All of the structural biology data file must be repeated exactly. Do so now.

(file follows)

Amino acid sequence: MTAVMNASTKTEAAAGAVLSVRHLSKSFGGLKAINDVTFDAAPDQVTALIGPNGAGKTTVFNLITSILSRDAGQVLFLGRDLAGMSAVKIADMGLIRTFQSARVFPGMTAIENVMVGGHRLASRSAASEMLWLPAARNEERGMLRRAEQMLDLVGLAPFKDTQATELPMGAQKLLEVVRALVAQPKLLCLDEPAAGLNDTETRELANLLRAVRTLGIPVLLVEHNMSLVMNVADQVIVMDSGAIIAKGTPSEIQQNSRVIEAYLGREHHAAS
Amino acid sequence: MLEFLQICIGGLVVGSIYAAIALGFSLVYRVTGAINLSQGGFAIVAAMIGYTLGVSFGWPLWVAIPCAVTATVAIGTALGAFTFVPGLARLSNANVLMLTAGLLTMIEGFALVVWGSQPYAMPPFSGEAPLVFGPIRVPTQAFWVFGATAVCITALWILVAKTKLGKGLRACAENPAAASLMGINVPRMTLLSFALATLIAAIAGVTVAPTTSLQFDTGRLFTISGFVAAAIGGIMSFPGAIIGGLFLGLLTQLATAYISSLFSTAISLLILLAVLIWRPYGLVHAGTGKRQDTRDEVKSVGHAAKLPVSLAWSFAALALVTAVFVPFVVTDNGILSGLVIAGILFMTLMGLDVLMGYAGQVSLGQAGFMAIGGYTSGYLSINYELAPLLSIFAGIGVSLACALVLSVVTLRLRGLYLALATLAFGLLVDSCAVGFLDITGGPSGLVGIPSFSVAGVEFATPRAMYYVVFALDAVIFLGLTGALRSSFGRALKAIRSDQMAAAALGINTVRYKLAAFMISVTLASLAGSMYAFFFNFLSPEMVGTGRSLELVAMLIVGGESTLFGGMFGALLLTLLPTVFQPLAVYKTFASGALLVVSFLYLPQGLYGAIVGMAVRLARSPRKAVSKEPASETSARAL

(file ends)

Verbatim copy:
Amino acid sequence: MTAVMNASTKTEAAAGAVLSVRHLSKSFGGLKAINDVTFDAAPDQVTALIGPNGAGKTTVFNLITSILSRDAGQVLFLGRDLAGMSAVKIADMGLIRTFQSARVFPGMTAIENVMVGGHRLASRSAASEMLWLPAARNEERGMLRRAEQMLDLVGLAPFKDTQATELPMGAQKLLEVVRALVAQPKLLCLDEPAAGLNDTETRELANLLRAVRTLGIPVLLVEHNMSLVMNVADQVIVMDSGAIIAKGTPSEIQQNSRVIEAYLGREHHAAS
Amino acid sequence: MLEFLQICIGGLVVGSIYAAIALGFSLVYRVTGAINLSQGGFAIVAAMIGYTLGVSFGWPLWVAIPCAVTATVAIGTALGAFTFVPGLARLSNANVLMLTAGLLTMIEGFALVVWGSQPYAMPPFSGEAPLVFGPIRVPTQAFWVFGATAVCITALWILVAKTKLGKGLRACAENPAAASLMGINVPRMTLLSFALATLIAAIAGVTVAPTTSLQFDTGRLFTISGFVAAAIGGIMSFPGAIIGGLFLGLLTQLATAYISSLFSTAISLLILLAVLIWRPYGLVHAGTGKRQDTRDEVKSVGHAAKLPVSLAWSFAALALVTAVFVPFVVTDNGILSGLVIAGILFMTLMGLDVLMGYAGQVSLGQAGFMAIGGYTSGYLSINYELAPLLSIFAGIGVSLACALVLSVVTLRLRGLYLALATLAFGLLVDSCAVGFLDITGGPSGLVGIPSFSVAGVEFATPRAMYYVVFALDAVIFLGLTGALRSSFGRALKAIRSDQMAAAALGINTVRYKLAAFMISVTLASLAGSMYAFFFNFLSPEMVGTGRSLELVAMLIVGGESTLFGGMFGALLLTLLPTVFQPLAVYKTFASGALLVVSFLYLPQGLYGAIVGMAVRLARSPRKAVSKEPASETSARAL